Mineta Transportation Institute Releases Study on Linking Highway Improvements to Changes in Land Use

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February 15, 2010
San José, CA

The Mineta Transportation Institute (MTI) has published Linking Highway Improvements to Changes in Land Use with Quasi-Experimental Research Design: A Better Forecasting Tool for Transportation Decision-making, which studies the ability of quasiexperimental matching techniques to address differing contexts associated with potential highway improvements and extension projects in forecasts of regional growth. This report incorporates popular regional growth forecasting models into a quasi-experimental research design that directly relates new highway investments in three California counties to changes in population and employment location, while controlling for no-build historical counterfactuals.

The strategy permits a comparison of the before-and-after tests for effects of investments on economic growth and land use in three regions that contrast how increased highway access affects development patterns. The study includes an urban center in Santa Clara County, an exurban region in Orange County, and a small town in Merced County. The need for forecasts to account for what would happen to land use in the absence of a project came to the forefront in 1997 when a U.S. District Court judge ruled that th Environmental Impact Statement for a proposed Illinois toll road was deficient because growth projections were the same in the build and no-build scenarios.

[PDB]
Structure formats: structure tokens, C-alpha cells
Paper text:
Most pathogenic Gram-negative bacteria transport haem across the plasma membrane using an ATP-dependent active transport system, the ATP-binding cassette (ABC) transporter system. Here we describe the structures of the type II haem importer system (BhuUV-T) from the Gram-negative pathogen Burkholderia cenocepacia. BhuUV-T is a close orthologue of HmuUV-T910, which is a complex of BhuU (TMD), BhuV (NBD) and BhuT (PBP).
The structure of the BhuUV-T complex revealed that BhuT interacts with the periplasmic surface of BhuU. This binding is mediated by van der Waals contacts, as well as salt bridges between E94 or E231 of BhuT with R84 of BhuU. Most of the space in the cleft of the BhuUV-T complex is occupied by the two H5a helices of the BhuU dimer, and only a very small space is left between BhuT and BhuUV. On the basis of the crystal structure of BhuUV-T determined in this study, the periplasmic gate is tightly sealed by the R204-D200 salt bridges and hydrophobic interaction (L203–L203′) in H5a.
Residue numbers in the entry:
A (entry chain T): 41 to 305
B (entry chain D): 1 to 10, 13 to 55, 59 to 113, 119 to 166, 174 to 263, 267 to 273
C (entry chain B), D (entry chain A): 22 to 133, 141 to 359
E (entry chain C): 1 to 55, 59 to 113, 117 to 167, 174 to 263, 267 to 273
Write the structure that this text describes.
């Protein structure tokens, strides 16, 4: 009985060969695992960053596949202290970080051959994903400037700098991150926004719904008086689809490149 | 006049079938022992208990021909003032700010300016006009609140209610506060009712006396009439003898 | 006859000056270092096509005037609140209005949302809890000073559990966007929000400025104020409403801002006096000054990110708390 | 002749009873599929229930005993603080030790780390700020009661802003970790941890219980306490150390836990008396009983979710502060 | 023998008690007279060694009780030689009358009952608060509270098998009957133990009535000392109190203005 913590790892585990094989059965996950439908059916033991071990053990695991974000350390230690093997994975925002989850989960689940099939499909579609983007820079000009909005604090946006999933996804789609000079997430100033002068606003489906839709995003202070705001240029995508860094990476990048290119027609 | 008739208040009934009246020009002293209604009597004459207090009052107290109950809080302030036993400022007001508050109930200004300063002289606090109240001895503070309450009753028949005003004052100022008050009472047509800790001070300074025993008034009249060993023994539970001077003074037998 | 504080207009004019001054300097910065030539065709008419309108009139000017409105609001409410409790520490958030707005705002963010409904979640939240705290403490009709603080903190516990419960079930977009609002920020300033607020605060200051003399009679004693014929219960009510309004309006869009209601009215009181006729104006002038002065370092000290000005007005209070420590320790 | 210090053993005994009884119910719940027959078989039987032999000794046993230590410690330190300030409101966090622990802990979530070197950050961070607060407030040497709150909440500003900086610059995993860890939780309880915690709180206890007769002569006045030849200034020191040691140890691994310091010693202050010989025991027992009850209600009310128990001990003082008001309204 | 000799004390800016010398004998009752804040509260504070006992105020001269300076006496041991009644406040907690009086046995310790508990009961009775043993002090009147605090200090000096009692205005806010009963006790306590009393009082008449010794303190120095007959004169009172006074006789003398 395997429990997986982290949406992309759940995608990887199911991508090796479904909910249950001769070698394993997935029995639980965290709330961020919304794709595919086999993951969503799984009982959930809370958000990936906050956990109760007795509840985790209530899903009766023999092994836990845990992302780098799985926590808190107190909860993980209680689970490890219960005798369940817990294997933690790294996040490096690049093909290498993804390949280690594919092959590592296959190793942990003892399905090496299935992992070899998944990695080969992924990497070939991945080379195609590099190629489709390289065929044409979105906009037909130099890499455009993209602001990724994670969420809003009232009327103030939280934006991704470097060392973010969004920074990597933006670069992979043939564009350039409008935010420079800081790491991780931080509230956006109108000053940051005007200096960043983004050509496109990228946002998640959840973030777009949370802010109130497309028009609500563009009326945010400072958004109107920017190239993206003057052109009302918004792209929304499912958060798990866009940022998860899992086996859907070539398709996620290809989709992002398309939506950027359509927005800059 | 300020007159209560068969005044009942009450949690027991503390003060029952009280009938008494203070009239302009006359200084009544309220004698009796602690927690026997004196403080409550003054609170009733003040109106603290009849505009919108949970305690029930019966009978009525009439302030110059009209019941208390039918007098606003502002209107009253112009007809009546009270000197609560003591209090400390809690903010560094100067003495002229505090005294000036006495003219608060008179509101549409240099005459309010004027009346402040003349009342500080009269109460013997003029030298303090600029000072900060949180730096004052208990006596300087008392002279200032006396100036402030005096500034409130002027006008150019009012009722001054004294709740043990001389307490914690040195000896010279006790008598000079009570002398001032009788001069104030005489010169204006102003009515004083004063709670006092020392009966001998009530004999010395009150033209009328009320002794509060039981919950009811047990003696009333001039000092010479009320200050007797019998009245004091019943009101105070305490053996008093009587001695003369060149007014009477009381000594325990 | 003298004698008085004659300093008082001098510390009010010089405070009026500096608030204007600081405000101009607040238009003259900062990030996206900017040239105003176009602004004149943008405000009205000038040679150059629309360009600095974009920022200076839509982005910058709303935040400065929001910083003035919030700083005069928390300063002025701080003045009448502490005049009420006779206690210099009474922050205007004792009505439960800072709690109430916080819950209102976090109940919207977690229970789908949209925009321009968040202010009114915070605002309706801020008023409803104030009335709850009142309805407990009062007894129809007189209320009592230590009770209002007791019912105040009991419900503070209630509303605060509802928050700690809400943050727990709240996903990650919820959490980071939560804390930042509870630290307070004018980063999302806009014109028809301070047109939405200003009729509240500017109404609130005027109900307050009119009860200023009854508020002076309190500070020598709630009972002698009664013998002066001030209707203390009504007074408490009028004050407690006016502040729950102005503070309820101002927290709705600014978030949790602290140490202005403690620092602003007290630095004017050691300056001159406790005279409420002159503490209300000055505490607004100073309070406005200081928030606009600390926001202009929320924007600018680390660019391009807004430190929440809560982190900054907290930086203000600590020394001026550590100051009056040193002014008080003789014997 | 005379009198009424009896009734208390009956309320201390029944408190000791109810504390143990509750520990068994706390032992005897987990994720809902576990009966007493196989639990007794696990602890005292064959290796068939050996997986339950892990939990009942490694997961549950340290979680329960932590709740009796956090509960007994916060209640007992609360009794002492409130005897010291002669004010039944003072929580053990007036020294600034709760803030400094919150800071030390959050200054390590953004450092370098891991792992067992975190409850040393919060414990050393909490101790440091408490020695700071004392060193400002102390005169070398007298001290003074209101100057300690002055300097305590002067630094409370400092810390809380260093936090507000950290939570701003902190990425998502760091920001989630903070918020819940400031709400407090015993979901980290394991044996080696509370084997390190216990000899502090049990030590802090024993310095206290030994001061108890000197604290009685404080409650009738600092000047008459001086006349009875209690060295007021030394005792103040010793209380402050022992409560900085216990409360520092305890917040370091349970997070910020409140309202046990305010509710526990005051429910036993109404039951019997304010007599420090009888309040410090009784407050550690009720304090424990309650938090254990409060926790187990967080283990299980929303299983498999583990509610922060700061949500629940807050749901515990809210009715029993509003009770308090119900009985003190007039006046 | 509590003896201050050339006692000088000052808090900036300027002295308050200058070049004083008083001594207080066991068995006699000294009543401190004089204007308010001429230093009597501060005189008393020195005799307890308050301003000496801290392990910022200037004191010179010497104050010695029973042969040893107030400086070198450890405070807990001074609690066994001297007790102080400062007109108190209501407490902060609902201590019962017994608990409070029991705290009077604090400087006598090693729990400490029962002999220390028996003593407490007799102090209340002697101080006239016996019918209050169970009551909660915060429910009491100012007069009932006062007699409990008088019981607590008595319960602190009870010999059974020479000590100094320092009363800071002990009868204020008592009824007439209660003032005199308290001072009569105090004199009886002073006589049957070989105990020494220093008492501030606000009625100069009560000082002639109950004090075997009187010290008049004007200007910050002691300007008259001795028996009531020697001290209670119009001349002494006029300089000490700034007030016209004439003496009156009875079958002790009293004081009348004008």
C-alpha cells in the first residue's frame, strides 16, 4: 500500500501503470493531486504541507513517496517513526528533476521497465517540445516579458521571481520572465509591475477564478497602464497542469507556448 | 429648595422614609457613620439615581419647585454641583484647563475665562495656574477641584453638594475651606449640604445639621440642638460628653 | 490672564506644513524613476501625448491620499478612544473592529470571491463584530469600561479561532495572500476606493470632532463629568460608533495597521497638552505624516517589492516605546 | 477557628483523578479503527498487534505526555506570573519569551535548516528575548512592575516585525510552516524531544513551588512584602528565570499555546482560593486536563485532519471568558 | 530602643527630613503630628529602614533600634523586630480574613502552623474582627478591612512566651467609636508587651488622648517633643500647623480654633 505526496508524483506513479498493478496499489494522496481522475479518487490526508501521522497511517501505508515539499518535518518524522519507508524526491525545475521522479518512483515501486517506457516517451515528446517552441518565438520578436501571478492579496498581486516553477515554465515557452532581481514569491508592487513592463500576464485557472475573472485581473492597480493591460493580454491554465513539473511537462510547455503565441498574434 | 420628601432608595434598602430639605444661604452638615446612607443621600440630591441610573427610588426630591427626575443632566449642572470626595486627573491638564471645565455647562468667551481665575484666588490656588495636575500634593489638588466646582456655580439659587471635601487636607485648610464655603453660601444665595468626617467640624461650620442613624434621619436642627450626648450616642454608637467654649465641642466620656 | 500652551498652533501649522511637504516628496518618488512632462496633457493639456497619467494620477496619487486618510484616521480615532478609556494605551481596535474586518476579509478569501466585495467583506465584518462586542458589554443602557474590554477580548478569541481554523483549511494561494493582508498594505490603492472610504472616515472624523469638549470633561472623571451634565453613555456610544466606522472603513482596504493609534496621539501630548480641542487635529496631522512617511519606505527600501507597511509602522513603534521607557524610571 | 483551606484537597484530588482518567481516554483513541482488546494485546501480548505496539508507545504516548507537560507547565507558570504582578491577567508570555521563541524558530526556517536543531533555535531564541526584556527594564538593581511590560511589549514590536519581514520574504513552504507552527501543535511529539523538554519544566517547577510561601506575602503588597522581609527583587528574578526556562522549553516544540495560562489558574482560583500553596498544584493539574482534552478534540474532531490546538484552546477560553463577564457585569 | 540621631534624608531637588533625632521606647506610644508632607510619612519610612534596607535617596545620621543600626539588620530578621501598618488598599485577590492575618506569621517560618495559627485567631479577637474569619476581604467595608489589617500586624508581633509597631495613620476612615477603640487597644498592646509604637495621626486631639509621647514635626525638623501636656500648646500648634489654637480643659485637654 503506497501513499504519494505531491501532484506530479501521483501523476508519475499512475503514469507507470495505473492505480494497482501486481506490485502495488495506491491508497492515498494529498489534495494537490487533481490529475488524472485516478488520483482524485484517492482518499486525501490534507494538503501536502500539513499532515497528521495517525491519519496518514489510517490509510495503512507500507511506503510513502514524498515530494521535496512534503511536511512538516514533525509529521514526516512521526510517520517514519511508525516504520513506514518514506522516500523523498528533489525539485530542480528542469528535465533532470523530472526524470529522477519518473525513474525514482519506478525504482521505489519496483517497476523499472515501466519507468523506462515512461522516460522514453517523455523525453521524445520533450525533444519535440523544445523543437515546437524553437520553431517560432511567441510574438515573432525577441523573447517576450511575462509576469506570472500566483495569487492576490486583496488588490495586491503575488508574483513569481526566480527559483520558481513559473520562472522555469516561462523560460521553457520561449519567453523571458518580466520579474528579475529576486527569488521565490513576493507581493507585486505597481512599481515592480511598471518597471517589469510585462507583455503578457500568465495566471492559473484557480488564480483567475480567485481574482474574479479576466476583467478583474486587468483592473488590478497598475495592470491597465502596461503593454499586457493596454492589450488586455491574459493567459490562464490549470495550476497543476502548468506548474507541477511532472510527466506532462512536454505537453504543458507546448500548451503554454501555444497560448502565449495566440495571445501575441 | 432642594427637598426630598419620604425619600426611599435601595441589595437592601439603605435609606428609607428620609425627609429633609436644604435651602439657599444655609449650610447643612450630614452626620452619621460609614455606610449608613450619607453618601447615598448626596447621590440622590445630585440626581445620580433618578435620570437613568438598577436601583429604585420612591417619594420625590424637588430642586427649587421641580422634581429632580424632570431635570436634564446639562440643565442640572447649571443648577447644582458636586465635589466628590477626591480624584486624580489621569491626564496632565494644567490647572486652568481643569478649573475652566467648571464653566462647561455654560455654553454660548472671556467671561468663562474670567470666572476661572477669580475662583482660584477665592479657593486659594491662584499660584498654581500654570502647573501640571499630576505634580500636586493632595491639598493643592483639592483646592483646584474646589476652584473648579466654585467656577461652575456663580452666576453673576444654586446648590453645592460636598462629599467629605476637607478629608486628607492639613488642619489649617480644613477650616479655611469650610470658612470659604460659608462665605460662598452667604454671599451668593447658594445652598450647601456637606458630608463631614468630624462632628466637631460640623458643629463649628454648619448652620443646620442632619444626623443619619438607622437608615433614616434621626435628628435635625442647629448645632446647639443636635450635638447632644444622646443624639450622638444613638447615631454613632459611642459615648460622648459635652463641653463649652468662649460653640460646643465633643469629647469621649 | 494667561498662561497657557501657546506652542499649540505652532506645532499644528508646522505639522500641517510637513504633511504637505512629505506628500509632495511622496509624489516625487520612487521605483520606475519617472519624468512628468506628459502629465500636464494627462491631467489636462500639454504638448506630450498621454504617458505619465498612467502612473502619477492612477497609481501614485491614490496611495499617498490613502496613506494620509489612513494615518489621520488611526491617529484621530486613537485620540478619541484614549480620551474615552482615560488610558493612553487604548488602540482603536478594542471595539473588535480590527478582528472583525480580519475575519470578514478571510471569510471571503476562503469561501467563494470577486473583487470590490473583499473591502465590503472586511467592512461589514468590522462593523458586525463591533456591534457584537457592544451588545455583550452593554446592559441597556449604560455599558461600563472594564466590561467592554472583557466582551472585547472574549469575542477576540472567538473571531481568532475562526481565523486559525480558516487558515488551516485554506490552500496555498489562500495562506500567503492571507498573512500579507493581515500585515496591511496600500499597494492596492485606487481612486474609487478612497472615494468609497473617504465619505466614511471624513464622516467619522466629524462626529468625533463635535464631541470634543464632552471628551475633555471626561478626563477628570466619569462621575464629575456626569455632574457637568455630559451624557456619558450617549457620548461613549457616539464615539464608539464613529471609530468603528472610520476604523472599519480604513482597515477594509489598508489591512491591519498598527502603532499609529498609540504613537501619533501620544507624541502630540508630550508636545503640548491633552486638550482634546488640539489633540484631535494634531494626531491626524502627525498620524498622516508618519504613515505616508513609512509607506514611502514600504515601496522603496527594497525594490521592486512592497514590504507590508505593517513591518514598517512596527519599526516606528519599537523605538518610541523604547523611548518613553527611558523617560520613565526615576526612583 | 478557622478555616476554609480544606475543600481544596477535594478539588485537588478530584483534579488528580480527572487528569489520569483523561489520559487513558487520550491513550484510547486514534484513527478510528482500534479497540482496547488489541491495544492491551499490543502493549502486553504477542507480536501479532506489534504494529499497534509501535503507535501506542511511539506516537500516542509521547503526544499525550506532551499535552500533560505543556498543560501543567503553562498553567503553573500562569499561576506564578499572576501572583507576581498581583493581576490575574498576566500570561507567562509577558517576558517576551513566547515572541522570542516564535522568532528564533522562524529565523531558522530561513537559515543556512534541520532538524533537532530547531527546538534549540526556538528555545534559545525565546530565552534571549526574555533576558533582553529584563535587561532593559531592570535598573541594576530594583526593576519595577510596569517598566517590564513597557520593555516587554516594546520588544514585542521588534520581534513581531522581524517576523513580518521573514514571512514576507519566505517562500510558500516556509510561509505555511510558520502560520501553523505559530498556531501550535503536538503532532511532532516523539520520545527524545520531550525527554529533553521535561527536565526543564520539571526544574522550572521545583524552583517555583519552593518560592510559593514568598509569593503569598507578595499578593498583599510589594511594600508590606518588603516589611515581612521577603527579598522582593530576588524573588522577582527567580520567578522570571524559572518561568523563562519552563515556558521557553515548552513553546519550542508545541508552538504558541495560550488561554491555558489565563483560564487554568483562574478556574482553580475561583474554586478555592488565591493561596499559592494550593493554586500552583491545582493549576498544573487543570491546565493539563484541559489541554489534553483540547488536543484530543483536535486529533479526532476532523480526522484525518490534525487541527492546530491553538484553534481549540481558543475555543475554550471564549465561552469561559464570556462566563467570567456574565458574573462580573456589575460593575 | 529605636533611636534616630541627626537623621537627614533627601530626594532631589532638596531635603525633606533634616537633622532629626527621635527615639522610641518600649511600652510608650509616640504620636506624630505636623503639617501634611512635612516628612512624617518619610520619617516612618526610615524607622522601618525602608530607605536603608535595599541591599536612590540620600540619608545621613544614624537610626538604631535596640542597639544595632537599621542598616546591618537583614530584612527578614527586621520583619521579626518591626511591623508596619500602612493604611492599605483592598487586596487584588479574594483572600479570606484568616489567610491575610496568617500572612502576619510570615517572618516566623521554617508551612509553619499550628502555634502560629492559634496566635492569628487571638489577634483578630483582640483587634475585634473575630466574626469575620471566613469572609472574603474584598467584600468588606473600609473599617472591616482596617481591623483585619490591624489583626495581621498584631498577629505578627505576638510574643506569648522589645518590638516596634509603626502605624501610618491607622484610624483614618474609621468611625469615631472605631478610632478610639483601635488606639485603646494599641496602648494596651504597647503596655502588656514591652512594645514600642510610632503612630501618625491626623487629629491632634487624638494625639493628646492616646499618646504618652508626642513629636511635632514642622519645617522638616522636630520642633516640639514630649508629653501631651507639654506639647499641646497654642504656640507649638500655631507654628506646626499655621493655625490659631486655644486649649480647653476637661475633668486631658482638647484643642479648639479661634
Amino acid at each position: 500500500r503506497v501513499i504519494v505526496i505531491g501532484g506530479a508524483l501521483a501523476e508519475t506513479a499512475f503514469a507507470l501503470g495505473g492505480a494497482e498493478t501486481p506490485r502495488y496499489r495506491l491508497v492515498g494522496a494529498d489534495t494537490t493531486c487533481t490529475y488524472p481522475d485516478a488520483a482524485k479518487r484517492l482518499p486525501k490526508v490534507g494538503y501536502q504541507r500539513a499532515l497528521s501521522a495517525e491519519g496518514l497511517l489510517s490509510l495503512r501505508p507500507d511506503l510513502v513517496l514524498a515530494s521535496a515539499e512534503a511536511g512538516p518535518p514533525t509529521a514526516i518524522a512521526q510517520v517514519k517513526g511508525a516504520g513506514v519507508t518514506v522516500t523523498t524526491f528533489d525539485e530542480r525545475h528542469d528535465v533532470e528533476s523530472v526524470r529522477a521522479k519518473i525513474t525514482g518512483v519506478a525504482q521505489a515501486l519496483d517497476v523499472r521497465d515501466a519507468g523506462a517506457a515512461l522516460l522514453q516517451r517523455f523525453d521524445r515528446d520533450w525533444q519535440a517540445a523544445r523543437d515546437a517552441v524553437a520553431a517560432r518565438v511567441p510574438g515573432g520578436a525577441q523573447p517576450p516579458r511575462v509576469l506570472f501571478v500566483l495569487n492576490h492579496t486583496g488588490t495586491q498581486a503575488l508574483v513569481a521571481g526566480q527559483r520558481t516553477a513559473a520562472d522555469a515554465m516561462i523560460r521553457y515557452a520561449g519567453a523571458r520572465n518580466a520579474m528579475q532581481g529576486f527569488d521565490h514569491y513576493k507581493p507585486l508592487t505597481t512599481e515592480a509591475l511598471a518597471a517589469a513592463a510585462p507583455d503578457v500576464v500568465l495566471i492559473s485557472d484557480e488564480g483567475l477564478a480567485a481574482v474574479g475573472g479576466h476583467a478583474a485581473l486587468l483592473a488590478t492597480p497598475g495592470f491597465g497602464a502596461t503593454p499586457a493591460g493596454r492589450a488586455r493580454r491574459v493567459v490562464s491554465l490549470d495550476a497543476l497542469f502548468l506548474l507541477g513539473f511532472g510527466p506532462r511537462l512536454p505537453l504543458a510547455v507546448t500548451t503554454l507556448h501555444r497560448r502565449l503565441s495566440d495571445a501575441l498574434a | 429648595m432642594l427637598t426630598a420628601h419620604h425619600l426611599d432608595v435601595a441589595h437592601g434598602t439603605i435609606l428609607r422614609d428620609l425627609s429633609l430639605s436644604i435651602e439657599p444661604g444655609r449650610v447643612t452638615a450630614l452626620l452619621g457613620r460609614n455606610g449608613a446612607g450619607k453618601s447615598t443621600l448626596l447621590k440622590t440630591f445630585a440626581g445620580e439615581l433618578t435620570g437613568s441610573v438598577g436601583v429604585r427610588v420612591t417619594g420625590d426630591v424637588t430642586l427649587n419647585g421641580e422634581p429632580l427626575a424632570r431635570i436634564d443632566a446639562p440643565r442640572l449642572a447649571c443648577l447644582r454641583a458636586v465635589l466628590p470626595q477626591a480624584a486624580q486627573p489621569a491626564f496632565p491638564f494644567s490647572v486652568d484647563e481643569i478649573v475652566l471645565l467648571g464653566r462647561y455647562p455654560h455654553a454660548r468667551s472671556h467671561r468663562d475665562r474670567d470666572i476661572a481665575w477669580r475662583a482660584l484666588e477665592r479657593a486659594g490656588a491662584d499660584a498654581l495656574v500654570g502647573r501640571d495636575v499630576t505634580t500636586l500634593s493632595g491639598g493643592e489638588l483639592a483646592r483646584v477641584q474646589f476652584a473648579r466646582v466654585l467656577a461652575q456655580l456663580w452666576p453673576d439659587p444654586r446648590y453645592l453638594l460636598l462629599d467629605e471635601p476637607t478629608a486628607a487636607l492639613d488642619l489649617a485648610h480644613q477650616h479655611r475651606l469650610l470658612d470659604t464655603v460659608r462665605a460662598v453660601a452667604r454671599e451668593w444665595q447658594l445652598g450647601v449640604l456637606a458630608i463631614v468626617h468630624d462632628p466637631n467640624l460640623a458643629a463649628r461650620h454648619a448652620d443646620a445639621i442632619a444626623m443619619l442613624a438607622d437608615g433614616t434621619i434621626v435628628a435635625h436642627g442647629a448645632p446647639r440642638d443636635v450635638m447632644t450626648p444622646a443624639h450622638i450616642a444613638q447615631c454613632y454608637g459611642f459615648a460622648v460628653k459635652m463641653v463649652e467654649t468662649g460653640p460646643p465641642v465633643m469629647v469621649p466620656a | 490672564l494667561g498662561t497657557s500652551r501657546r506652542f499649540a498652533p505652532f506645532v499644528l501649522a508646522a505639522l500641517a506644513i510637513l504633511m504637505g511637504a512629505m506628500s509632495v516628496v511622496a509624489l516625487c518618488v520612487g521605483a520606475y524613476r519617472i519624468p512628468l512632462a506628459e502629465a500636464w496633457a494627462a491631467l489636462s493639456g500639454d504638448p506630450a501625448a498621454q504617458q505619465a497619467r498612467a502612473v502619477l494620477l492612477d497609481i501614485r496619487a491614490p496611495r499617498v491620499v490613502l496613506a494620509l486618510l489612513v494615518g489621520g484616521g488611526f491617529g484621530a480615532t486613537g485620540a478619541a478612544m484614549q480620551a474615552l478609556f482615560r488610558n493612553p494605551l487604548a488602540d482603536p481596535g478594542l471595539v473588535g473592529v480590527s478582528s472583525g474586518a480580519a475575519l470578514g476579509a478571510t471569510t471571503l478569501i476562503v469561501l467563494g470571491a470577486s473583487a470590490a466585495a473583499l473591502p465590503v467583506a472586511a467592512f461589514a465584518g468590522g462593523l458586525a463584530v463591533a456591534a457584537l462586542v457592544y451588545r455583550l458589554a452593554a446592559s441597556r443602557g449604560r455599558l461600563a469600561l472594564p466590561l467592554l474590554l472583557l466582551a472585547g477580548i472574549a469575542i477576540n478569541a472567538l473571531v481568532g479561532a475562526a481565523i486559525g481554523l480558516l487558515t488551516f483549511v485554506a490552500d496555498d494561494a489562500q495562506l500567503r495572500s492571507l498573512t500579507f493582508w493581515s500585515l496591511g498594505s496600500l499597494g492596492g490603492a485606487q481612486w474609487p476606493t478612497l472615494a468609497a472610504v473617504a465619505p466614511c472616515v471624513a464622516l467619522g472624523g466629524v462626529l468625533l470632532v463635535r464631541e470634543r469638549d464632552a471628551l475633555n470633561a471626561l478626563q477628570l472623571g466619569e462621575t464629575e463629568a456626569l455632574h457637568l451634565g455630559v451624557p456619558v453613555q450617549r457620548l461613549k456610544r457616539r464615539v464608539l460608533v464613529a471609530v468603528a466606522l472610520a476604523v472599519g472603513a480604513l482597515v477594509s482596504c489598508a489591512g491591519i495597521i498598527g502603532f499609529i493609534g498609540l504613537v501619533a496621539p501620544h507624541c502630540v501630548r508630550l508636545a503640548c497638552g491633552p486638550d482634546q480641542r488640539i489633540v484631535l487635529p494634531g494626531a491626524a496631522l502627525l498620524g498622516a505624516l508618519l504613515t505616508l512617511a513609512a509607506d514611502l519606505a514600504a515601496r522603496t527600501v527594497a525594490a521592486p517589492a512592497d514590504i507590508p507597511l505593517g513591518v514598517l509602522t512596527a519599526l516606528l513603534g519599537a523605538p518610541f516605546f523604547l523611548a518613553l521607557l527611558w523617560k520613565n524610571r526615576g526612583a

“We find that traditional forecast approaches, which lack explicit control selection, can lead to erroneous conclusions about an impact,” said Hilary Nixon, PhD, an assistant professor of urban and regional planning at San José State University. “Our forecasting tool should improve the quality and reliability of Environmental Impact Statements.”.

The report’s central finding is that, while improvements in surface transportation tend to have large impacts on growth patterns, the nature of the effects is materially dependent on the context of the highway investment. The report’s models estimate that, on average, a statistically and economically significant 338 to 11,103 new Orange County jobs occurred within a typical census tract in the county’s formerly exurban region after gaining highway access when compared to no-build counterfactuals. On the other hand, the models predict a starkly different outcome as a result of a highway bypass built outside the small town of Livingston in Merced County, where the researchers found an economically and statistically significant 12 to 83 job losses per square kilometer that might be anticipated had the bypass not been built. They found no significant effects on population or employment growth that can be attributed to the new highway investments near the urban center of Santa Clara County.